How to get into simulators

(Image credit: SCS Software)

Although a few have appeared on consoles, PC is historically the home of the simulator. As such there’s a huge amount of choice, from driving heavy goods vehicles and subway trains, to collecting garbage and flying spaceships. It’s a crowded but worthwhile genre, with a sim to fit every taste. If you don’t know where to start, I’ve gathered up some of the best sims available today.

Euro Truck Simulator 2

(Image credit: Euro Truck Simulator 2)

Drive a truck and deliver goods around a vast, interconnected replica of Europe. Few simulators are as polished and fun as this, and you’ll be surprised how hypnotic such a seemingly mundane job can be. 

The map is enormous and each country has its own distinctive look and feel, making long drives feel like a real journey. From the French countryside to the mountains of Norway, this is the greatest road trip on PC.

Star Wars: TIE Fighter

(Image credit: LucasArts)

Yeah, Star Wars: X-Wing is cool too, but fighting for the Empire is just so much more fun. Set just after the Battle of Hoth, this classic space sim sees you piloting the titular Imperial fighter, engaging in battles, completing missions, and following a surprisingly fun story. It’s showing its age, but it’s much easier to play than X-Wing thanks to the introduction of a HUD that handily displays your orientation relative to your target.


(Image credit: Aerosoft GmbH)

Have you ever wanted to drive a bus around the streets of Spandau, Germany in the late ’80s and early ’90s? Well dream no more, because OMSI 2 simulates exactly that. Get behind the wheel of a MAN NG272 bus, pick up passengers, navigate traffic, and stick to a timetable accurate to the period. It’s weird, sure, but OMSI is a quality sim, faithfully recreating the look, feel, and sound of a creaky old city bus.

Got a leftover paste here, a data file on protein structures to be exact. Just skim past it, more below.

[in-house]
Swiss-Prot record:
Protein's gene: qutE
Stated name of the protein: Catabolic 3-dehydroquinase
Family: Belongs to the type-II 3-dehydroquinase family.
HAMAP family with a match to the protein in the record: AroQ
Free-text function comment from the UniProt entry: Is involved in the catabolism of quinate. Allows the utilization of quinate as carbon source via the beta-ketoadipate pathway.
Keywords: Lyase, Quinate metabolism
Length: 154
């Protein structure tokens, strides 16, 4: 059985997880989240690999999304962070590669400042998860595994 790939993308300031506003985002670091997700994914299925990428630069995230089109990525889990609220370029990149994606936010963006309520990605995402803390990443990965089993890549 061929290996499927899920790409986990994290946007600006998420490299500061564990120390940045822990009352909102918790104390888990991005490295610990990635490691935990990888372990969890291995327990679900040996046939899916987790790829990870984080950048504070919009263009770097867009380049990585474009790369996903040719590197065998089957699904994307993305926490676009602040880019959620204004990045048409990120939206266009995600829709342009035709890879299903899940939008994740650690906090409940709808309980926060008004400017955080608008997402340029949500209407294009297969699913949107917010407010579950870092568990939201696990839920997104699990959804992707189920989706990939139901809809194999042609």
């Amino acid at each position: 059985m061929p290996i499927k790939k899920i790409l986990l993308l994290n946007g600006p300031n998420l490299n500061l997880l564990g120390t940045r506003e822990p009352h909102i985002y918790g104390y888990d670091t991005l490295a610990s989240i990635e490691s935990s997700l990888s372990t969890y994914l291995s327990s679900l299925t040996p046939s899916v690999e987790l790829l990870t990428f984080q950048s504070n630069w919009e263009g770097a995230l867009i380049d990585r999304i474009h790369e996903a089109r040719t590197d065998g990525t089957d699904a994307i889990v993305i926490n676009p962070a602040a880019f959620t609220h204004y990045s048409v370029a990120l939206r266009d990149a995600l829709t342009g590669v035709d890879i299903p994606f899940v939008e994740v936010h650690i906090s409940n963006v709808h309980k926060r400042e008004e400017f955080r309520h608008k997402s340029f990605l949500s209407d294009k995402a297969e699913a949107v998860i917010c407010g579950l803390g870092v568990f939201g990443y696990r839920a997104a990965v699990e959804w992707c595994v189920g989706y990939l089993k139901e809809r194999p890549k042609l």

World of Subways 3: London Underground

(Image credit: Aerosoft GmbH)

If you’ve ever seen a subway train and thought it looked like a cushy job, well, try playing the third World of Subways sim. Operating these ancient, rattling trains is incredibly complicated, and driving them without massively overshooting a station requires an immense amount of concentration and foresight. Throw in a rigid timetable and you have one of the toughest sims on PC. I’ll never underestimate a Tube driver ever again.

Elite Dangerous

(Image credit: Frontier Developments)

With a flight stick and throttle, Elite is one of the most enjoyable sims you can play on PC. The ships all feel fantastic to fly, whether it’s a nippy fighter or a chunky hauler. The space combat is exciting, and even something as mundane as docking feels tactile and satisfying. It’s almost as good with a controller or mouse and keyboard, and there’s a huge amount to do in the game.

IL-2 Sturmovik: Cliffs of Dover

(Image credit: Ubisoft)

If you watched Dunkirk and fancied taking part in those amazing Spitfire dogfights, this sim captures the excitement brilliantly. Set during the Battle of Britain, it features 20 aircraft, a realistic flight simulation, and a massive map covering the entire southeast of England, including London, and parts of France and Belgium. Make sure you play the Blitz Edition on Steam, a massive overhaul co-developed by fans of the series.

DCS: A-10C Warthog

(Image credit: The Fighter Collection)

This hardcore flight simulator lets you fly an authentic replica of a close air support attack aircraft used by the US Air Force. The simulation is one of the most realistic on PC, with flight dynamics, avionics, sensors, and systems all faithfully recreated. And if you want to take it to the next level, Thrustmaster’s infamous Warthog HOTAS, which is made of weighty metal (and extremely expensive), is the Ferrari of flight sticks.

Andy Kelly

If it’s set in space, Andy will probably write about it. He loves sci-fi, adventure games, taking screenshots, Twin Peaks, weird sims, Alien: Isolation, and anything with a good story.